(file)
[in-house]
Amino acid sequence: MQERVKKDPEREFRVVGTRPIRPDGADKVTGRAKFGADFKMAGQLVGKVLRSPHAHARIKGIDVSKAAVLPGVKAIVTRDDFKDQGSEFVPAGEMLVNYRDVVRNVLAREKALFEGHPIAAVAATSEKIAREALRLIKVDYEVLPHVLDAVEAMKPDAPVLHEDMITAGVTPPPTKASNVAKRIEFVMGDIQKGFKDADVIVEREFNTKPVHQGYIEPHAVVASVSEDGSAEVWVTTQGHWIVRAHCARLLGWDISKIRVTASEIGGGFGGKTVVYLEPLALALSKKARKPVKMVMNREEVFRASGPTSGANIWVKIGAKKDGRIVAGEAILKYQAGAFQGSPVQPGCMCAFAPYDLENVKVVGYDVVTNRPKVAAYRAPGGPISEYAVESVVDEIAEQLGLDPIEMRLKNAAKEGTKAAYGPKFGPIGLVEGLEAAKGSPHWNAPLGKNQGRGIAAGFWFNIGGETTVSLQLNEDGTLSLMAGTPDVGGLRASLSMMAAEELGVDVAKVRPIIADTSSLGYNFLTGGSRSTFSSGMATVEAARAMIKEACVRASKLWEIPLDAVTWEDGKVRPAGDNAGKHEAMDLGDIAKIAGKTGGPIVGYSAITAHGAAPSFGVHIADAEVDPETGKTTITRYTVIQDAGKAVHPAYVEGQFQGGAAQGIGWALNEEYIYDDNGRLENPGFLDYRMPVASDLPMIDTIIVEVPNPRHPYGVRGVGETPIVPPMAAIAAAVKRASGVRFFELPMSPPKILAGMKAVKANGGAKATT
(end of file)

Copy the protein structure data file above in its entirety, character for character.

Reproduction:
[in-house]
Amino acid sequence: MQERVKKDPEREFRVVGTRPIRPDGADKVTGRAKFGADFKMAGQLVGKVLRSPHAHARIKGIDVSKAAVLPGVKAIVTRDDFKDQGSEFVPAGEMLVNYRDVVRNVLAREKALFEGHPIAAVAATSEKIAREALRLIKVDYEVLPHVLDAVEAMKPDAPVLHEDMITAGVTPPPTKASNVAKRIEFVMGDIQKGFKDADVIVEREFNTKPVHQGYIEPHAVVASVSEDGSAEVWVTTQGHWIVRAHCARLLGWDISKIRVTASEIGGGFGGKTVVYLEPLALALSKKARKPVKMVMNREEVFRASGPTSGANIWVKIGAKKDGRIVAGEAILKYQAGAFQGSPVQPGCMCAFAPYDLENVKVVGYDVVTNRPKVAAYRAPGGPISEYAVESVVDEIAEQLGLDPIEMRLKNAAKEGTKAAYGPKFGPIGLVEGLEAAKGSPHWNAPLGKNQGRGIAAGFWFNIGGETTVSLQLNEDGTLSLMAGTPDVGGLRASLSMMAAEELGVDVAKVRPIIADTSSLGYNFLTGGSRSTFSSGMATVEAARAMIKEACVRASKLWEIPLDAVTWEDGKVRPAGDNAGKHEAMDLGDIAKIAGKTGGPIVGYSAITAHGAAPSFGVHIADAEVDPETGKTTITRYTVIQDAGKAVHPAYVEGQFQGGAAQGIGWALNEEYIYDDNGRLENPGFLDYRMPVASDLPMIDTIIVEVPNPRHPYGVRGVGETPIVPPMAAIAAAVKRASGVRFFELPMSPPKILAGMKAVKANGGAKATT